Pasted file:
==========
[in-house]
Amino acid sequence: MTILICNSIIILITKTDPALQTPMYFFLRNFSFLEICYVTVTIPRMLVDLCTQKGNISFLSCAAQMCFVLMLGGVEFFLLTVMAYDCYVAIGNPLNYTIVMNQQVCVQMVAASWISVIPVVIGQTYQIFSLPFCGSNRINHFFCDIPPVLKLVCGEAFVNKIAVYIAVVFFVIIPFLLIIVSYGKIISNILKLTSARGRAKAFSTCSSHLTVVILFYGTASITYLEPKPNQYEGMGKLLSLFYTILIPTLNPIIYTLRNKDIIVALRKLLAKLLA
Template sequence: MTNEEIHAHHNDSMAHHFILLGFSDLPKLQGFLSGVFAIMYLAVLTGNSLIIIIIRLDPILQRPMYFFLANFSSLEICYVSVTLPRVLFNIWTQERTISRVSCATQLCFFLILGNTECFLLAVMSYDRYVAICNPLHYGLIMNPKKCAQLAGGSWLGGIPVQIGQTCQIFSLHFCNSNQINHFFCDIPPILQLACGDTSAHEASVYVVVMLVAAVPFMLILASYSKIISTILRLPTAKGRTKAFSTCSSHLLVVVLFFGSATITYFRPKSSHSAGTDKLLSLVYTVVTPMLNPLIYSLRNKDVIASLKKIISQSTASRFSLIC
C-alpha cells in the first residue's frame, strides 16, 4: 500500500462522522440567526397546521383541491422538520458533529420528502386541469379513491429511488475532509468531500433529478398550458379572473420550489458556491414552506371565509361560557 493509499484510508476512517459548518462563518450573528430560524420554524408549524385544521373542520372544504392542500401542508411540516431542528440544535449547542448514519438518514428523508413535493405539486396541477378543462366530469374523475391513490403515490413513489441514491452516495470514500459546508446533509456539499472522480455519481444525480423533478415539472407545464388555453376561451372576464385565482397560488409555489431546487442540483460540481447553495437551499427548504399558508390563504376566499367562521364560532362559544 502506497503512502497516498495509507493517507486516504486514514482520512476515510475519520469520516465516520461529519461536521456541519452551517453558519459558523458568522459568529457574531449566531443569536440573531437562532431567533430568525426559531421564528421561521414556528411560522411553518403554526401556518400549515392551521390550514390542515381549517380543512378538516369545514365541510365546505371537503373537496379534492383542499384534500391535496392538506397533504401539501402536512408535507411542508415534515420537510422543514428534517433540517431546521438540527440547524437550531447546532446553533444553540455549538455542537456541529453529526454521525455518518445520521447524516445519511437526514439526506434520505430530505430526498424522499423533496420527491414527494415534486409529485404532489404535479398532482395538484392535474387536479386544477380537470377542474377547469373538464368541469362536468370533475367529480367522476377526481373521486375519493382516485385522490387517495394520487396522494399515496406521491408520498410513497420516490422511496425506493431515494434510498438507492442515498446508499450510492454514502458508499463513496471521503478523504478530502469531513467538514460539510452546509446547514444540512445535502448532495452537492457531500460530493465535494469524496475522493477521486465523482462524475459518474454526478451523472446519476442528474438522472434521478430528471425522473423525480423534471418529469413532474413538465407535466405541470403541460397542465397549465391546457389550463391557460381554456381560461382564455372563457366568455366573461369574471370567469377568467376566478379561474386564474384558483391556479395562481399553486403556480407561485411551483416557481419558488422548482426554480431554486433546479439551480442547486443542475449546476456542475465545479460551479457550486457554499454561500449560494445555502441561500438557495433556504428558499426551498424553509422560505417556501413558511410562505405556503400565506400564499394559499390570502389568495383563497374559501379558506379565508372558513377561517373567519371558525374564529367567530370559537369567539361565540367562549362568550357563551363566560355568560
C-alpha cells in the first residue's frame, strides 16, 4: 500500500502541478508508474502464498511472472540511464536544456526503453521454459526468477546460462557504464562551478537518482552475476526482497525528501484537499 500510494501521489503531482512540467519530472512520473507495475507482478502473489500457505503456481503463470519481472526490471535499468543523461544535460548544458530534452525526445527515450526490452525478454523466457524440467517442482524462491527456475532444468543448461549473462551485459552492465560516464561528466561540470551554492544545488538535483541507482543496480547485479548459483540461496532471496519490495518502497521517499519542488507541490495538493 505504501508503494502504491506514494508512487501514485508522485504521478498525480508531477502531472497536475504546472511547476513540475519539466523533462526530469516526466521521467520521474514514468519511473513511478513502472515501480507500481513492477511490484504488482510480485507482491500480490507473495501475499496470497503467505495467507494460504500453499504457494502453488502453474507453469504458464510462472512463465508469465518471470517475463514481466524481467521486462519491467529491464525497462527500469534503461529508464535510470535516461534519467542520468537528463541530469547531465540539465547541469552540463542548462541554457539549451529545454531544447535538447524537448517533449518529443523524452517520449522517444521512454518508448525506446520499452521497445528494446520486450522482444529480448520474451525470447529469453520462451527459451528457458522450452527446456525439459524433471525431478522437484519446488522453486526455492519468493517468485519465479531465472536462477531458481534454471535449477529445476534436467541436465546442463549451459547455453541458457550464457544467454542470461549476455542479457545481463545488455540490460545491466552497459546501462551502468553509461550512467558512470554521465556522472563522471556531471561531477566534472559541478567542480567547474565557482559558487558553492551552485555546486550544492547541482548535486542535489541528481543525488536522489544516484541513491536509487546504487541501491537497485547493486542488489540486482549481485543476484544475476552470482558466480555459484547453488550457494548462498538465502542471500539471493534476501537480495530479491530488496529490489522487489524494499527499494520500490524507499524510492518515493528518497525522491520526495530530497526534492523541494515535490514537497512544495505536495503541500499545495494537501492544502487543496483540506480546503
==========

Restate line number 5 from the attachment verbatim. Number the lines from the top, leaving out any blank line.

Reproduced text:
C-alpha cells in the first residue's frame, strides 16, 4: 500500500502541478508508474502464498511472472540511464536544456526503453521454459526468477546460462557504464562551478537518482552475476526482497525528501484537499 500510494501521489503531482512540467519530472512520473507495475507482478502473489500457505503456481503463470519481472526490471535499468543523461544535460548544458530534452525526445527515450526490452525478454523466457524440467517442482524462491527456475532444468543448461549473462551485459552492465560516464561528466561540470551554492544545488538535483541507482543496480547485479548459483540461496532471496519490495518502497521517499519542488507541490495538493 505504501508503494502504491506514494508512487501514485508522485504521478498525480508531477502531472497536475504546472511547476513540475519539466523533462526530469516526466521521467520521474514514468519511473513511478513502472515501480507500481513492477511490484504488482510480485507482491500480490507473495501475499496470497503467505495467507494460504500453499504457494502453488502453474507453469504458464510462472512463465508469465518471470517475463514481466524481467521486462519491467529491464525497462527500469534503461529508464535510470535516461534519467542520468537528463541530469547531465540539465547541469552540463542548462541554457539549451529545454531544447535538447524537448517533449518529443523524452517520449522517444521512454518508448525506446520499452521497445528494446520486450522482444529480448520474451525470447529469453520462451527459451528457458522450452527446456525439459524433471525431478522437484519446488522453486526455492519468493517468485519465479531465472536462477531458481534454471535449477529445476534436467541436465546442463549451459547455453541458457550464457544467454542470461549476455542479457545481463545488455540490460545491466552497459546501462551502468553509461550512467558512470554521465556522472563522471556531471561531477566534472559541478567542480567547474565557482559558487558553492551552485555546486550544492547541482548535486542535489541528481543525488536522489544516484541513491536509487546504487541501491537497485547493486542488489540486482549481485543476484544475476552470482558466480555459484547453488550457494548462498538465502542471500539471493534476501537480495530479491530488496529490489522487489524494499527499494520500490524507499524510492518515493528518497525522491520526495530530497526534492523541494515535490514537497512544495505536495503541500499545495494537501492544502487543496483540506480546503